Background: Some observational studies suggest that the use of pulmonary-artery catheters to guide therapy is associated with increased mortality.
Methods: We performed a randomized trial comparing goal-directed therapy guided by a pulmonary-artery catheter with standard care without the use of a pulmonary-artery catheter. The subjects were high-risk patients 60 years of age or older, with American Society of Anesthesiologists (ASA) class III or IV risk, who were scheduled for urgent or elective major surgery, followed by a stay in an intensive care unit. Outcomes were adjudicated by observers who were unaware of the treatment-group assignments. The primary outcome was in-hospital mortality from any cause.
Results: Of 3803 eligible patients, 1994 (52.4 percent) underwent randomization. The base-line characteristics of the two treatment groups were similar. A total of 77 of 997 patients who underwent surgery without the use of a pulmonary-artery catheter (7.7 percent) died in the hospital, as compared with 78 of 997 patients in whom a pulmonary-artery catheter was used (7.8 percent)--a difference of 0.1 percentage point (95 percent confidence interval, -2.3 to 2.5). There was a higher rate of pulmonary embolism in the catheter group than in the standard-care group (8 events vs. 0 events, P=0.004). The survival rates at 6 months among patients in the standard-care and catheter groups were 88.1 and 87.4 percent, respectively (difference, -0.7 percentage point [95 percent confidence interval, -3.6 to 2.2]; negative survival differences favor standard care); at 12 months, the rates were 83.9 and 83.0 percent, respectively (difference, -0.9 percentage point [95 percent confidence interval, -4.3 to 2.4]). The median hospital stay was 10 days in each group.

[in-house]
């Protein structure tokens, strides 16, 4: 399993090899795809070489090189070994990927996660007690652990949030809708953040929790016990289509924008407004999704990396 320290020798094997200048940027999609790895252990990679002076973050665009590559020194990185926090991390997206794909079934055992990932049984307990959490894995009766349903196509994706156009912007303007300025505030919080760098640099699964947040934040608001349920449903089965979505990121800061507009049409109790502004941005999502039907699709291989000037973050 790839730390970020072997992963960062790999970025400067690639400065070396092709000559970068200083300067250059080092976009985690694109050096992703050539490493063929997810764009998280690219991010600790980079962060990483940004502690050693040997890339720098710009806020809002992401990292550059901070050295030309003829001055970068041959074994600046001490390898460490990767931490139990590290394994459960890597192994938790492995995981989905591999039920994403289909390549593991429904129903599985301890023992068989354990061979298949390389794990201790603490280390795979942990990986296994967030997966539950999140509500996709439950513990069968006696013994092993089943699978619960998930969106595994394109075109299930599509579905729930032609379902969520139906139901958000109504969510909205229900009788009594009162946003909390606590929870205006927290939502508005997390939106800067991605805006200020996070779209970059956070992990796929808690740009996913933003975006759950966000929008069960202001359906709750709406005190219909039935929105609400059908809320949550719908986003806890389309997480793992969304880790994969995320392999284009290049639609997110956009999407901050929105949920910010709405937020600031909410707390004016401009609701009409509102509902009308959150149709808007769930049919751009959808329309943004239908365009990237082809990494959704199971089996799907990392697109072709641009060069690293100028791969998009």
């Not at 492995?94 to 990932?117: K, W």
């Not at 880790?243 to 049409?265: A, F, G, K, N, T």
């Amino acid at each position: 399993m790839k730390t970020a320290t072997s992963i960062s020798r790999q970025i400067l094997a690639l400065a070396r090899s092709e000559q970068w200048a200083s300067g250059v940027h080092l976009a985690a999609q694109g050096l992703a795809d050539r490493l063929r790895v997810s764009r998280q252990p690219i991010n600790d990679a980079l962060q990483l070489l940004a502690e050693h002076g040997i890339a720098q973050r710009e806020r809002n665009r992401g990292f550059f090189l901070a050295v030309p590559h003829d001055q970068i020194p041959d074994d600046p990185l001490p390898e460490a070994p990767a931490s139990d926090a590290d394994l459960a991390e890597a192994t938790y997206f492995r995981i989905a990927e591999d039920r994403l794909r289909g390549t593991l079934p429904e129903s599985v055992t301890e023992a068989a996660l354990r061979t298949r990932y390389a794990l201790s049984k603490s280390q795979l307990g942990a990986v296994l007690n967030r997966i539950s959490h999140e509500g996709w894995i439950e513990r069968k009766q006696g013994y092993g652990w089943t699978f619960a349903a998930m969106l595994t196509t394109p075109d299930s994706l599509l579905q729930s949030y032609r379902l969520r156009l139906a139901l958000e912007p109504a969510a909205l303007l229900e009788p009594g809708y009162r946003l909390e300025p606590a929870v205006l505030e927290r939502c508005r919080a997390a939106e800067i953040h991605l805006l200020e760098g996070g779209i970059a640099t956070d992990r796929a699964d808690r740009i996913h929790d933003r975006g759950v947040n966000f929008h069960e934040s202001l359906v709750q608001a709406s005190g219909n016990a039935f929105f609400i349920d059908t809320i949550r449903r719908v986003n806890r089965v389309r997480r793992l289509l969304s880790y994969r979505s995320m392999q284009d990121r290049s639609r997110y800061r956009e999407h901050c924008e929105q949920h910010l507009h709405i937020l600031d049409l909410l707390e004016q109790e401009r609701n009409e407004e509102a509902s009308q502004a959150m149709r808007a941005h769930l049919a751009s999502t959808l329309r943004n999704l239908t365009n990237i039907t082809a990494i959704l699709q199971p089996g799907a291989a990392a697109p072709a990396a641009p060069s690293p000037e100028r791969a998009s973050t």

Conclusions: We found no benefit to therapy directed by pulmonary-artery catheter over standard care in elderly, high-risk surgical patients requiring intensive care.
Copyright 2003 Massachusetts Medical Society